Hi. It’s been a while.
A few people have noticed that I haven’t written anything in a while–not since winter, actually. (Yesterday was the first day of spring, and today I am writing this from home on the first snow day of the year. These have been a weird couple of years, nyet?)
Well, here’s the long and short of it. Healthwise, I’m doing better than I have been in probably eight years. I discontinued taking antibiotics last summer, and I slowly tapered off most of the supplements I had been taking, so far without any terrible effects. I still have good days and bad days, with occasional nerve pain in my legs and feet, mild joint pain, and some lingering vision and hearing issues…but all in all, the severe symptoms of my Lyme/bartonella/babesia constellation are better than I ever hoped they could be.
I take H1 and H2 (histamine) blockers twice a day, and that has controlled my mast cell disorder symptoms.
So, physically, I am better than I thought I could ever be.
Emotionally–well, that’s a whole other story.
Mother Knows Best
My mother played a primary role in my Lyme disease diagnosis. As I was going from doctor to doctor (to doctor to doctor to doctor…) being given test I never knew existed, from MRIs to EEGs to ECGs to EMGs and NVCs, visual and auditory evoked potentials and more, my mother urged me for years to be tested for Lyme. “You had it when you were a kid,” she kept writing to me. “It can come back! Just read this,” and she’d send links from Jenna’s Lyme blog, links from ILADS, links of people crying for help in YouTube videos. I didn’t pay any attention. The first neurologist I went to told me “Lyme can’t come back.” I had worked for over a decade with the National Institutes of Health, the CDC, the Robert Wood Johnson Foundation; I knew how to research health issues. I went to NIH’s website: No, there’s no such thing as chronic Lyme disease. I went to CDC’s website: Despite misinformation online, it said, there’s no evidence for chronic Lyme disease. It just doesn’t happen.
I thanked my mom for her persistence, and I told her I realized she was only trying to help. But I don’t have Lyme disease, I told her. What I have is serious–something like multiple sclerosis.
Then, as I watched in excruciating pain from my bed, I saw Yolanda Foster’s life fall apart on the Real Housewives of Beverly Hills. Then I started getting messages on Facebook from a friend from grad school who had changed direction to become a nurse: Get tested for Lyme disease, she urged me. Find a specialist. Everything you’re complaining about on Facebook sounds like Lyme.
I listened to my friend, the nurse. Because of her urgent words and because of a reality show, I began to look into the complexities of Lyme disease. If I had listened to my mother, I might have saved myself from years of suffering. No–she might have saved me years. If only I had listened.
The Darkest Winter
My mom has suffered for many years with the same degenerative spinal disease that made her mother’s life hellish for decades. A couple of years ago, she began to have other problems. She lost her appetite. She would eat two Quaker rice cakes with peanut butter on them every day and drink two Ensures–a chemical food substitute that hospitals had always given her mother.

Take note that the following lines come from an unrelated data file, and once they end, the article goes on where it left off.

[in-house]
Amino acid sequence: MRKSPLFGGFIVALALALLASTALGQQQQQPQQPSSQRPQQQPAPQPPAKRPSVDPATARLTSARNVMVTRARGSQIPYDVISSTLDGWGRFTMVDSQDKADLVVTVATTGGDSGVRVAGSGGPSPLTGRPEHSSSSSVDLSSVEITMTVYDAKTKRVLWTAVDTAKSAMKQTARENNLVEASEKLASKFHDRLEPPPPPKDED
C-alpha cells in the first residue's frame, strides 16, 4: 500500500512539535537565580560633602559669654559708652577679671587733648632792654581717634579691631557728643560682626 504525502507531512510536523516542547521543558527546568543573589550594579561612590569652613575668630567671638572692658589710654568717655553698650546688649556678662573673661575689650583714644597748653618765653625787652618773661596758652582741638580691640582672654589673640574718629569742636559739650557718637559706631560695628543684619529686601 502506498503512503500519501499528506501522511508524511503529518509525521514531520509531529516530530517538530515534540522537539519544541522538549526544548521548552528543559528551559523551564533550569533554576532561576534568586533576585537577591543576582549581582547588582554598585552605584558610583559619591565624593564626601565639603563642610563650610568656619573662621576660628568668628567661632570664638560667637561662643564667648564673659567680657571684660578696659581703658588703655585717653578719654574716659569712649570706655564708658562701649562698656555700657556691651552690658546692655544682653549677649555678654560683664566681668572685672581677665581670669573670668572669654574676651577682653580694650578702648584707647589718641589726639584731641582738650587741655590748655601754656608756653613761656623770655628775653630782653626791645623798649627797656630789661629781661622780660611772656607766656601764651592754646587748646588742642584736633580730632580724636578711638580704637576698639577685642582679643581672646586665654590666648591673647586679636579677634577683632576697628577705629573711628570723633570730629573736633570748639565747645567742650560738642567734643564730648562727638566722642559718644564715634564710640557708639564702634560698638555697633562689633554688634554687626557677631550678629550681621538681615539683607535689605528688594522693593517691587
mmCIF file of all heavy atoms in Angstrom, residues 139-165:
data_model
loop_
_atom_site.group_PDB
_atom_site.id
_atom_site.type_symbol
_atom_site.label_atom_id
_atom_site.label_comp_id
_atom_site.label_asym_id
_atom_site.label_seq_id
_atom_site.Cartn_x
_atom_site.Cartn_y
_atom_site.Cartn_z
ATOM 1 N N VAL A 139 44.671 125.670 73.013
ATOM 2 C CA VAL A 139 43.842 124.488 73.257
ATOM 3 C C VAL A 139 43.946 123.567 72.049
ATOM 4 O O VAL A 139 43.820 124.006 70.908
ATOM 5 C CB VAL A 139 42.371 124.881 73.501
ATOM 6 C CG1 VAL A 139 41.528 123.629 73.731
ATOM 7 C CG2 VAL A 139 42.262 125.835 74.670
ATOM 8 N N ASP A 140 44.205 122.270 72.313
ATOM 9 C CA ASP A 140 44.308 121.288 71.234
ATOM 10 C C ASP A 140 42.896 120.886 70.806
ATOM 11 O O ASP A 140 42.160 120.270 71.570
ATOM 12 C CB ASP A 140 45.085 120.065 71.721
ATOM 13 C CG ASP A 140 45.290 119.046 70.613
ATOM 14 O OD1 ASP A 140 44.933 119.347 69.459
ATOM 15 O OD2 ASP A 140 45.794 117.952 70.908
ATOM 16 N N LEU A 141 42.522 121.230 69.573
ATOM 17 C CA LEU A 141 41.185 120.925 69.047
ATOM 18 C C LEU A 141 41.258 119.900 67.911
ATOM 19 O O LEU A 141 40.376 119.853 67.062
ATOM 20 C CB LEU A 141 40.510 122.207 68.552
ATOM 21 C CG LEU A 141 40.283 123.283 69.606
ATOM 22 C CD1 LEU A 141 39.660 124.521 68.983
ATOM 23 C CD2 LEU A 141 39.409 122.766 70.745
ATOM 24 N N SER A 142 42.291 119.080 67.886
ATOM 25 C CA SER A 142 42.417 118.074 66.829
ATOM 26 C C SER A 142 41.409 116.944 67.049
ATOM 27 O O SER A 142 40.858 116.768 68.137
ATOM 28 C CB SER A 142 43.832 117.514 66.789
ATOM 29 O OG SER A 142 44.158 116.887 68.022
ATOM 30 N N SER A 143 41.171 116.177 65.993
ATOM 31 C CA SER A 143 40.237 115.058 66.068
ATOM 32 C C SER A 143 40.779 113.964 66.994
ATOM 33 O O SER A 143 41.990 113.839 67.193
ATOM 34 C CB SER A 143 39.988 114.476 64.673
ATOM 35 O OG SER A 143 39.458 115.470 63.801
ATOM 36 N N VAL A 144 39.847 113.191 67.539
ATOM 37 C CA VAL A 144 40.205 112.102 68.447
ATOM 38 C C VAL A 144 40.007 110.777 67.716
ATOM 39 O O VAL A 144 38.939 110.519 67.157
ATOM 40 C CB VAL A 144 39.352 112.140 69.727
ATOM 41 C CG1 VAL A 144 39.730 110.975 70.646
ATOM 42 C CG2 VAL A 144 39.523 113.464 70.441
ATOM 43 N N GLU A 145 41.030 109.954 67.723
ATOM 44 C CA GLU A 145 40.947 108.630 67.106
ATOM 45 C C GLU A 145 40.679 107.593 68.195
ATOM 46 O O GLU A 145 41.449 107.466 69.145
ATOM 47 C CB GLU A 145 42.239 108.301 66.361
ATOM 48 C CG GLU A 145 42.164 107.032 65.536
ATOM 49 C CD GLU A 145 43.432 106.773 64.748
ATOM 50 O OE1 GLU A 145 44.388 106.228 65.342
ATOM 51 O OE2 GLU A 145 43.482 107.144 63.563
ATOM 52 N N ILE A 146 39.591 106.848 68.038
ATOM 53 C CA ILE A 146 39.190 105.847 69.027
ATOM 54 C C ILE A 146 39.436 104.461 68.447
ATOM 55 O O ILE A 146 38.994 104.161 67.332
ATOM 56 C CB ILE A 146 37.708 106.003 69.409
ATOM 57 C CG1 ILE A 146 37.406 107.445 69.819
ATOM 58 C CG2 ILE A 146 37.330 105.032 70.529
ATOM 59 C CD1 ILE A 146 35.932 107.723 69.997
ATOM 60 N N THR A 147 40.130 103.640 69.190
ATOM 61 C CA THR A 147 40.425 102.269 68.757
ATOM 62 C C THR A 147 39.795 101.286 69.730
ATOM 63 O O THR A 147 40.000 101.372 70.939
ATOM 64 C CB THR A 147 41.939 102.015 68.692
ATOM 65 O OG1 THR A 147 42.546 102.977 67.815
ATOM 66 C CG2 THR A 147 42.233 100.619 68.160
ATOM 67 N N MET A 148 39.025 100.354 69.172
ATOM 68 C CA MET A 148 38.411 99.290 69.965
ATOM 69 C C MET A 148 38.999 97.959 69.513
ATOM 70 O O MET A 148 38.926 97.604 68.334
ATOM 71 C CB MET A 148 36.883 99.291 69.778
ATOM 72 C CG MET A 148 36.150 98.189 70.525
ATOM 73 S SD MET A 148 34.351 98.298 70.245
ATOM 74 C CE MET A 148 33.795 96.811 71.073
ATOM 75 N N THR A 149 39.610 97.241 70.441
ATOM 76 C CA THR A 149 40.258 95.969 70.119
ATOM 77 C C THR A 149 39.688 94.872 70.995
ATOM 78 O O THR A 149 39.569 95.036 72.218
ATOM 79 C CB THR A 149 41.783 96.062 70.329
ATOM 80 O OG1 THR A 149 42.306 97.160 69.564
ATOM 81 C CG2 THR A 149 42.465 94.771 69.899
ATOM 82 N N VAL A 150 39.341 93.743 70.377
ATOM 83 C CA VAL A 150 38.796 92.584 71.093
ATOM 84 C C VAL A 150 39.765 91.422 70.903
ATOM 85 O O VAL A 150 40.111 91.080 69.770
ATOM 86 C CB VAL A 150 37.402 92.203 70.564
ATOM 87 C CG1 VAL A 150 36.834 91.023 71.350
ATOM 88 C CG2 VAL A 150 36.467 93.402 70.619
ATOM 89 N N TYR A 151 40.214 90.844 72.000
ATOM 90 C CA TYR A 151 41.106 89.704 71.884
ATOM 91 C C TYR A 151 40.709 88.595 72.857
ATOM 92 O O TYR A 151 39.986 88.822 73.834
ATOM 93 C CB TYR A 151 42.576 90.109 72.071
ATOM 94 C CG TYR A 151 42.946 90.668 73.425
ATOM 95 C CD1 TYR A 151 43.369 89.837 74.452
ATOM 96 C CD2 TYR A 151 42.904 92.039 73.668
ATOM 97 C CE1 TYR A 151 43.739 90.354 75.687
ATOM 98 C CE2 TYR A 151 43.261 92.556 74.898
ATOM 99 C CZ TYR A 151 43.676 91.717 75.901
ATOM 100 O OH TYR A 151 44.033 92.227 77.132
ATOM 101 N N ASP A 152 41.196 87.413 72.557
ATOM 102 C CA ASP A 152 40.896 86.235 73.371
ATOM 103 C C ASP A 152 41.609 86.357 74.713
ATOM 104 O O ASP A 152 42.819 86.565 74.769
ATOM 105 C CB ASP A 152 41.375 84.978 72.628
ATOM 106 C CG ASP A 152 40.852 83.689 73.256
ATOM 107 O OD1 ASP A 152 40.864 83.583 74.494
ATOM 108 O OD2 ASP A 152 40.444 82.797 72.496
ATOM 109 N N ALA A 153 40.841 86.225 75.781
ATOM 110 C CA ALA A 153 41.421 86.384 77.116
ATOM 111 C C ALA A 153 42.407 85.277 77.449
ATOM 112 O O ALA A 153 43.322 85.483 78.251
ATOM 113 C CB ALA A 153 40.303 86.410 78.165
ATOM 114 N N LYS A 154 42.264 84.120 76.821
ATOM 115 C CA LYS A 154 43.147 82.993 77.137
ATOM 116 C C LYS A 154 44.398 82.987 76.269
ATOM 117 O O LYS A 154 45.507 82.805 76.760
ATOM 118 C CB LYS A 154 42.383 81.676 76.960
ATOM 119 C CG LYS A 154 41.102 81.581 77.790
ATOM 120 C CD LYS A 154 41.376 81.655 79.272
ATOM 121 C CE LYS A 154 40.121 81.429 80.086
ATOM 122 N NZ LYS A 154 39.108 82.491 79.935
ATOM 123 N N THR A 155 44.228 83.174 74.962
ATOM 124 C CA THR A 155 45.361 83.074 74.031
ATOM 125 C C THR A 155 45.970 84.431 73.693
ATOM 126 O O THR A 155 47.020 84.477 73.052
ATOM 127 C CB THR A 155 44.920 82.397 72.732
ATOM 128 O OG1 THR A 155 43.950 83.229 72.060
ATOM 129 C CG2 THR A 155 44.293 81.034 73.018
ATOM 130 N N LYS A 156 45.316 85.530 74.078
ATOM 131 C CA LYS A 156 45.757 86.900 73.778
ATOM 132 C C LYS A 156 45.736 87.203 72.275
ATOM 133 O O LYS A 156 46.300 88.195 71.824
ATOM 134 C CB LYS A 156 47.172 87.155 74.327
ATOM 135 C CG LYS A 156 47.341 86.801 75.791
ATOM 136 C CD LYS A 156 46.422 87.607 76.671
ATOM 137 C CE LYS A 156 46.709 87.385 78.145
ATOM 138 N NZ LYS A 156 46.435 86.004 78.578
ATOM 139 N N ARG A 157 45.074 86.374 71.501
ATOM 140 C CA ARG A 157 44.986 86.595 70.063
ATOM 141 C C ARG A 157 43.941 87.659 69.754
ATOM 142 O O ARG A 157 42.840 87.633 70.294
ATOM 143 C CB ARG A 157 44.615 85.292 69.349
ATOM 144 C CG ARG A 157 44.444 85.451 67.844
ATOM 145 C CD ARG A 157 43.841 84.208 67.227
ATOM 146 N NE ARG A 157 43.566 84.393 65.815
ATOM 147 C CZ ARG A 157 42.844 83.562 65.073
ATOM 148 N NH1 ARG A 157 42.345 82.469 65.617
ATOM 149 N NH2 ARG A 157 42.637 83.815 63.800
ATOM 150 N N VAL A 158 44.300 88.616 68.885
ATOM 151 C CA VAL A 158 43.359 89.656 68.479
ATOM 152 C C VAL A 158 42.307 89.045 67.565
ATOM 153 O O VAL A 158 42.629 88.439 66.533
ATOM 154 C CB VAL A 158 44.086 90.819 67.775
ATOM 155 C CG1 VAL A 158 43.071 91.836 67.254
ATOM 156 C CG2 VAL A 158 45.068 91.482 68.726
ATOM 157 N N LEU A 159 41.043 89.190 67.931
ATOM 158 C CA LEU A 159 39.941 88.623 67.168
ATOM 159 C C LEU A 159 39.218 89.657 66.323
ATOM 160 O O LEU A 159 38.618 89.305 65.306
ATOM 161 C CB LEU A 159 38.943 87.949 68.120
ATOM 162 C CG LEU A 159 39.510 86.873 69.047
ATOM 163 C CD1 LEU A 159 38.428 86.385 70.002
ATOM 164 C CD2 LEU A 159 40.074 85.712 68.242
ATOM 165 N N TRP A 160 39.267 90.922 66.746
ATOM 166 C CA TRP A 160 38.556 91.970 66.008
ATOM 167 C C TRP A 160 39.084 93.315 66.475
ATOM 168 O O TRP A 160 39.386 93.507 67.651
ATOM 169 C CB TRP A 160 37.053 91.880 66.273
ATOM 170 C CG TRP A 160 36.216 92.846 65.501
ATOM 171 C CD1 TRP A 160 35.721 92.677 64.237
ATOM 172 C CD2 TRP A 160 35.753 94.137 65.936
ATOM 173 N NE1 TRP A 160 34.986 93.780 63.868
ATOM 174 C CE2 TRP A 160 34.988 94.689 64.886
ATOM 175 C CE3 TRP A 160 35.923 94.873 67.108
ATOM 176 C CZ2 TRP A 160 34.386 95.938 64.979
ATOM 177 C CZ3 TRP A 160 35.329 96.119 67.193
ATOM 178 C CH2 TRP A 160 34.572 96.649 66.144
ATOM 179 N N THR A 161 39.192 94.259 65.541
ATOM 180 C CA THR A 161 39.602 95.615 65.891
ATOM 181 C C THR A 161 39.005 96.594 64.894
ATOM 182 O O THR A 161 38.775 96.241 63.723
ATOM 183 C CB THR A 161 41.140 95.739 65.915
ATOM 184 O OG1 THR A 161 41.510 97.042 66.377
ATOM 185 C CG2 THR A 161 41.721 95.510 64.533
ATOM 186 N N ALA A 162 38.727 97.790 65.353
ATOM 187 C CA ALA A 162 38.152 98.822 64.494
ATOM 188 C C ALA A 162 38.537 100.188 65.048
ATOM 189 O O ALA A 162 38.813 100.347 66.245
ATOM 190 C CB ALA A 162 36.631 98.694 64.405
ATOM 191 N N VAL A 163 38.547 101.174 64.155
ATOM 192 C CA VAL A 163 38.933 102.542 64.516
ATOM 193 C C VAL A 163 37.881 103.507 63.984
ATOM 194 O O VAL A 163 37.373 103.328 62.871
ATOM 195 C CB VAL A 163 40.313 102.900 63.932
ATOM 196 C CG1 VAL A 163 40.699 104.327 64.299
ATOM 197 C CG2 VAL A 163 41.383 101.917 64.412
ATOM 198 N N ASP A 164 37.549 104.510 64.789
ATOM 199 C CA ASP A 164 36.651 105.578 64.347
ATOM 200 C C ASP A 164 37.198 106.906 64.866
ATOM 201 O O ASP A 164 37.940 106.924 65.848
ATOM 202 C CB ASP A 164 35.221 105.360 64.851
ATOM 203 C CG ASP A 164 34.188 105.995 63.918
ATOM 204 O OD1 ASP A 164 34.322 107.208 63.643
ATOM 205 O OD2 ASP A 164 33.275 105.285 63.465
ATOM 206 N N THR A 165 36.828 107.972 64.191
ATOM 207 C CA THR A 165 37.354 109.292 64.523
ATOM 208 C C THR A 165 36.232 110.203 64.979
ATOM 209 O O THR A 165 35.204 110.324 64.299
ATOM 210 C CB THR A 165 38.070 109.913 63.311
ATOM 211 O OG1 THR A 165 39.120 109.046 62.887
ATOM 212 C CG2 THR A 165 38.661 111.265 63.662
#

After a while, my mom developed diarrhea that just wouldn’t go away. She finally went to her doctor. He told her to take Immodium AD. She had been doing that. Keep doing it, he said. She spent more time in bed. She lost more weight. She lost all her energy.
Last spring, she finally agreed to go to the emergency room at my dad’s urging, and at the urging of my sister and me. He took her to INOVA Fair Oaks Hospital. She weighed in there at 86 pounds, five feet, four and a half inches. They examined her. They told her to go home and take Immodium AD. “She’s been doing that,” my dad said. “Can’t you admit her and find out what’s wrong?”
“Go home and take Immodium AD,” they said. So she did. She was becoming sicker by the day. My father called her doctor, who told him to bring her to the INOVA Loudoun hospital emergency room immediately. He did; they admitted her. My father called to tell me that my mom was in the hospital, in quarantine. She has a C. diff. superbug infection. It’s serious. You should come right away.
The doctors put her on two antibiotics immediately. She was a little better after only 24 hours–and then she was much worse. They gave her a fecal microbiota transplant and within another 48 hours, she was able to eat a little bit and her diarrhea had improved a bit. After 10 days, the hospital sent her home. We were all looking forward to her putting on a little weight and getting well.
On November 17, my mother turned 66 years old. She could barely sit up with us on her birthday. She stayed in bed on Thanksgiving. In early December, she went back to INOVA Loudoun Hospital. My father called. “You should come right away.” I was sick with a bad cold and didn’t want to risk getting her sicker than she was, and so I called in sick to work, but I spent part of the day on December 11 at the Federal Tick Borne Diseases Working Group since it took place not far from where I live. I wrote a couple of articles related to it for my HuffPost blog. (This blog was intended to be dedicated to entertainment interviews and LGBT-related issues, but it ended up being primarily about Lyme and other tickborne diseases because of the overwhelming response, including almost daily pleas for help from readers.)
On December 12, I went to my parents’ house to take care of their dog, and on December 13, I spent the day with my mother at the hospital. My father was rattled when I arrived; he was angry, telling me that the doctor had chastised him for not bringing my mother to the hospital, and explaining to my father that she was malnourished. We knew this, I told the doctor. The first hospital refused to admit her. The second one–this hospital–treated her for C. diff. and then sent her home. This is serious, the doctor said. No shit. That’s what my mother would have said.
So the hospital was focused on getting food into my mother. She had to drink the Ensure they gave her or else she could not go home.